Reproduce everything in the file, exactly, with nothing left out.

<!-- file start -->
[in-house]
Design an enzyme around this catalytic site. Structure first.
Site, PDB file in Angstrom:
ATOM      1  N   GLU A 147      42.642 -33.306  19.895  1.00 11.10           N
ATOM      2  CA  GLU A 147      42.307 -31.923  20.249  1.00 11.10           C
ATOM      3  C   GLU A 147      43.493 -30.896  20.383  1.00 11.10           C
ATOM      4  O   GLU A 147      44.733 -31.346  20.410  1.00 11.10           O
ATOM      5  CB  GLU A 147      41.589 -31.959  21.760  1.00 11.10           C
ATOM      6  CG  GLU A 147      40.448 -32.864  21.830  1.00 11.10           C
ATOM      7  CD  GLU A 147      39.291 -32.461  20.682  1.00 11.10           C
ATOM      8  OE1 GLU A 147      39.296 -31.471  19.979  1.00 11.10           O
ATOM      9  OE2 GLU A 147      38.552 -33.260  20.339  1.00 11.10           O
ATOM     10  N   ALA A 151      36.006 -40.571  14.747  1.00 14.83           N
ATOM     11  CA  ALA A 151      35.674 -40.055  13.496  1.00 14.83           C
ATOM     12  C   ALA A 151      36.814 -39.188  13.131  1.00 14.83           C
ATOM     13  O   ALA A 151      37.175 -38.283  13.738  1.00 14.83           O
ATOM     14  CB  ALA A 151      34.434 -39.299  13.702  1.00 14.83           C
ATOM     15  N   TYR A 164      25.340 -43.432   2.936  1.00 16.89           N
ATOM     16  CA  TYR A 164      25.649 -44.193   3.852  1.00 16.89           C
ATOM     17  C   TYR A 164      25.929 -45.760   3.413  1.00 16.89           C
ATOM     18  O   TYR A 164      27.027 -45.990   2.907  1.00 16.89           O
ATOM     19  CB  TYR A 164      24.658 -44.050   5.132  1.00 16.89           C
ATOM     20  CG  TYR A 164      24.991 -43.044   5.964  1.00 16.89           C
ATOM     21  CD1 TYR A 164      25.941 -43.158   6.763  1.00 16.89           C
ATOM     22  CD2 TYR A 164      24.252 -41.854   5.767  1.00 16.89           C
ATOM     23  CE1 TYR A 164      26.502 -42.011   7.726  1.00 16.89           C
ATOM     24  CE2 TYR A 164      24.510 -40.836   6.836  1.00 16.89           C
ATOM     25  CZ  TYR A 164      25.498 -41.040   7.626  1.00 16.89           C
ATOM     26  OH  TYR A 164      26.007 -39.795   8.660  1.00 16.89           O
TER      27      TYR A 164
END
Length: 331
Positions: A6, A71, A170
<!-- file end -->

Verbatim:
[in-house]
Design an enzyme around this catalytic site. Structure first.
Site, PDB file in Angstrom:
ATOM      1  N   GLU A 147      42.642 -33.306  19.895  1.00 11.10           N
ATOM      2  CA  GLU A 147      42.307 -31.923  20.249  1.00 11.10           C
ATOM      3  C   GLU A 147      43.493 -30.896  20.383  1.00 11.10           C
ATOM      4  O   GLU A 147      44.733 -31.346  20.410  1.00 11.10           O
ATOM      5  CB  GLU A 147      41.589 -31.959  21.760  1.00 11.10           C
ATOM      6  CG  GLU A 147      40.448 -32.864  21.830  1.00 11.10           C
ATOM      7  CD  GLU A 147      39.291 -32.461  20.682  1.00 11.10           C
ATOM      8  OE1 GLU A 147      39.296 -31.471  19.979  1.00 11.10           O
ATOM      9  OE2 GLU A 147      38.552 -33.260  20.339  1.00 11.10           O
ATOM     10  N   ALA A 151      36.006 -40.571  14.747  1.00 14.83           N
ATOM     11  CA  ALA A 151      35.674 -40.055  13.496  1.00 14.83           C
ATOM     12  C   ALA A 151      36.814 -39.188  13.131  1.00 14.83           C
ATOM     13  O   ALA A 151      37.175 -38.283  13.738  1.00 14.83           O
ATOM     14  CB  ALA A 151      34.434 -39.299  13.702  1.00 14.83           C
ATOM     15  N   TYR A 164      25.340 -43.432   2.936  1.00 16.89           N
ATOM     16  CA  TYR A 164      25.649 -44.193   3.852  1.00 16.89           C
ATOM     17  C   TYR A 164      25.929 -45.760   3.413  1.00 16.89           C
ATOM     18  O   TYR A 164      27.027 -45.990   2.907  1.00 16.89           O
ATOM     19  CB  TYR A 164      24.658 -44.050   5.132  1.00 16.89           C
ATOM     20  CG  TYR A 164      24.991 -43.044   5.964  1.00 16.89           C
ATOM     21  CD1 TYR A 164      25.941 -43.158   6.763  1.00 16.89           C
ATOM     22  CD2 TYR A 164      24.252 -41.854   5.767  1.00 16.89           C
ATOM     23  CE1 TYR A 164      26.502 -42.011   7.726  1.00 16.89           C
ATOM     24  CE2 TYR A 164      24.510 -40.836   6.836  1.00 16.89           C
ATOM     25  CZ  TYR A 164      25.498 -41.040   7.626  1.00 16.89           C
ATOM     26  OH  TYR A 164      26.007 -39.795   8.660  1.00 16.89           O
TER      27      TYR A 164
END
Length: 331
Positions: A6, A71, A170